Friday, January 19, 2018

PTSD and Me

When most people think of PTSD, they think of soldiers coming back from war or war torn areas. While this is very much a real thing, there are so many more of us who deal with it. In fact, according to the Nebraska Department of Veterans' Affairs, 5.2 million Americans suffer from it in any given year. That's a lot of folks, folks!

As always, I'm not really here though to talk about anyone else's experiences. I can only speak to mine and since I had something trigger recently, I thought that maybe it might be a good time to tell all of you about it.

According to one doctor, I've had PTSD since I was approximately 3 years old. Yep, you read that right. Three years old. That comes out to about 38 years of PTSD and for me, while that one traumatic incident started it, others just added to it over the years. Let's start at the beginning though...

When I was about three, I was sent to my father's house for some sort of visitation. He left me alone with his girlfriend while he went to work. As the tale goes, this girlfriend had her own children taken away by the courts and was a very jealous type. For whatever reason, she beat me. That sounds ...somehow more than a description and yet not enough of one... She returned me to my grandparent's house covered in bruises, including perfectly circular ones that went up my spine. I had to be taken after hours to see my pediatrician where, at the age of about three, I had to be examined to make sure I hadn't been raped. Imagine your child having to go through all of that and having no idea what they'd done.

I can tell you now what it is that I think I did. I existed. That's all that it took. For years, I had nightmares and after a lot of time, I can tell you what I think happened to me. At some point, I was locked in a closet because she didn't want to see me. I was almost potty trained and at some point, I had an accident and peed my pants. I was slapped or hit repeatedly across my vagina. I was given a scalding hot bath and held under the water while she screamed at me. Then, I was dropped on my grandparents' porch and she drove away. My father lost all but supervised visitation after that.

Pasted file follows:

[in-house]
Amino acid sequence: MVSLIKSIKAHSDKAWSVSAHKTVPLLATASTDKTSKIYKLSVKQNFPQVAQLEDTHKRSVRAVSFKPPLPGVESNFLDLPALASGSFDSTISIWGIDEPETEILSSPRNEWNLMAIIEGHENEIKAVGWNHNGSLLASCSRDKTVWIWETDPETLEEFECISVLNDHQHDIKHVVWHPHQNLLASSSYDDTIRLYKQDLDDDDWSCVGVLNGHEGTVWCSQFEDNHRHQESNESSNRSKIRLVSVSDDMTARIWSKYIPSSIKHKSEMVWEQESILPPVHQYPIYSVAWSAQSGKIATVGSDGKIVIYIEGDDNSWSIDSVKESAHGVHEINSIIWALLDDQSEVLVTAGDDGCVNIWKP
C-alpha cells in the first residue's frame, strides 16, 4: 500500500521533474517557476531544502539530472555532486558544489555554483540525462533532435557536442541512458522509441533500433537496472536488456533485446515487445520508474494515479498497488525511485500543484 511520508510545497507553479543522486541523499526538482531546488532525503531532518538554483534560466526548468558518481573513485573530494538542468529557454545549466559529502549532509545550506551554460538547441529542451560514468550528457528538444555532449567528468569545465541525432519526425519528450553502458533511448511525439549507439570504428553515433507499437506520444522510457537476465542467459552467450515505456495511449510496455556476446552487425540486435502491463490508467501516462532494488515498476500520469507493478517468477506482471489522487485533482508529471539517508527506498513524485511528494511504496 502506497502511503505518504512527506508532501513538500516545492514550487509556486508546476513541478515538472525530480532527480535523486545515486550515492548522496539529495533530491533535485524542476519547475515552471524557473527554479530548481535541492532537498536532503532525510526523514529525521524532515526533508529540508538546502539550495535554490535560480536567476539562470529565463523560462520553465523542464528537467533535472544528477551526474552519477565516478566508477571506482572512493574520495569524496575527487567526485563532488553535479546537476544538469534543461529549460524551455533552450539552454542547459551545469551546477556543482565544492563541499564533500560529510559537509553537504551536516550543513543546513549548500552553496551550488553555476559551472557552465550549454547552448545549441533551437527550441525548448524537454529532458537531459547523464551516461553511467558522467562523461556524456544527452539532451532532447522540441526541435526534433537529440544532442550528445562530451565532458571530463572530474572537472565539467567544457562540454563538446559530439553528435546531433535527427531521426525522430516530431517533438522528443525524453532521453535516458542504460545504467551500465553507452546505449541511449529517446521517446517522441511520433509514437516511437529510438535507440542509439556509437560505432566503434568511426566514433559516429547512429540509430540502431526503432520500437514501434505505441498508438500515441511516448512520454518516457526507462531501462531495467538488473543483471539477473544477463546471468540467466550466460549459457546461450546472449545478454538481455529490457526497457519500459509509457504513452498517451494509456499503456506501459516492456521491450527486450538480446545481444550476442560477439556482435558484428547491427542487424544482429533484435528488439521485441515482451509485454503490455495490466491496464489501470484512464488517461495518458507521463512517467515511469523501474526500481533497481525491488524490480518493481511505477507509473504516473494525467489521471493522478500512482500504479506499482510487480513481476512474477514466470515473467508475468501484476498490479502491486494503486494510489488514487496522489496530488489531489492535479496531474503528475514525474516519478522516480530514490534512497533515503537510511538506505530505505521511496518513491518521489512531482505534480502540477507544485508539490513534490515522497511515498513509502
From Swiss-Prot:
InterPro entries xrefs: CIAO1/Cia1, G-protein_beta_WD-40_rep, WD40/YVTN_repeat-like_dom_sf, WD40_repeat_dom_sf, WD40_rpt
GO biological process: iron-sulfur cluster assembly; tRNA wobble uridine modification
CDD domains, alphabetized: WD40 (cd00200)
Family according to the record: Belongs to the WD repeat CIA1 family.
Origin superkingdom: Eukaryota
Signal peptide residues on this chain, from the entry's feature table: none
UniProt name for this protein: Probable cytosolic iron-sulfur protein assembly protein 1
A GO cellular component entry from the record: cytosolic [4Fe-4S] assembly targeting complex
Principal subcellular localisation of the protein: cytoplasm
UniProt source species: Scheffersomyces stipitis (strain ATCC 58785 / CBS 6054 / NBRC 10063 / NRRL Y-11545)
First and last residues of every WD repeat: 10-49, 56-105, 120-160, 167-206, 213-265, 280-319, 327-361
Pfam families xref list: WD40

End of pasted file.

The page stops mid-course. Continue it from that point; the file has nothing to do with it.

That's when the nightmares started. I should say nightmare because it was always the same one. I once asked my grandmother about it and her response was, "Oh god, we'd hoped you wouldn't remember." I was an adult with children of my own by this time and she'd had no idea about the nightmares because I'd never told anyone.

That's where the PTSD started and if I were to write out full descriptions of what added to it, we'd be here all day, so I'm just going to do a list:
1. Parental Abandonment
2. Emotional and sometimes physical abuse by my mother
3. Loss of a child (17 weeks pregnant) followed by emotional abuse by his father
4. Divorce
5. Rape

There may be other things, but honestly, how many do we need, right? I mean, that's a lot for any person.

Over the years, I've struggled to move past some of these things but I know that they've molded me. How my parents treated me has directly affected how I treat my own children. I won't thank them, but they were a very good example of how not to parent. Perhaps, in some sadly ironic way, they've made me into a better parent than I may have been otherwise.

There have been other consequences, of course. I don't trust easily and while I'm an open book if asked, I don't open up easily otherwise. It's very hard sometimes for me to believe that anyone really likes me and if people don't make those first moves, I automatically assume it's because they don't like me. It doesn't occur to me that maybe they're waiting just like I am.

Relationships....all I can say is ouch. I left my divorce having no idea who I am and eleven years later, I'm just at the point where I can say, "Yeah, I'm finding parts of myself and it's good." I've had a couple of pretty intense relationships in that time and the problem was that at least one of them was a case of two broken people which never goes well. My last relationship left me damaged in other ways
and added to the PTSD. My current relationship? We've been together for about 2.5 years and I'm lucky that he honestly believes that I'm not hard to love. As for me, he's forced me to grow and get stronger. He doesn't believe in rewarding my insecure behavior and more than once I've been left with the decision of leaving the relationship or dealing with whatever issue is buzzing in my head.

Why am I sharing this with all of you? As with everything that I write about here, I want you to realize that if this is something that you deal with, you're not alone. For those who don't, I want you to realize that others around you may be dealing with things that you have no idea about. PTSD can be one of those silent illnesses that you don't even know is there unless someone tells you.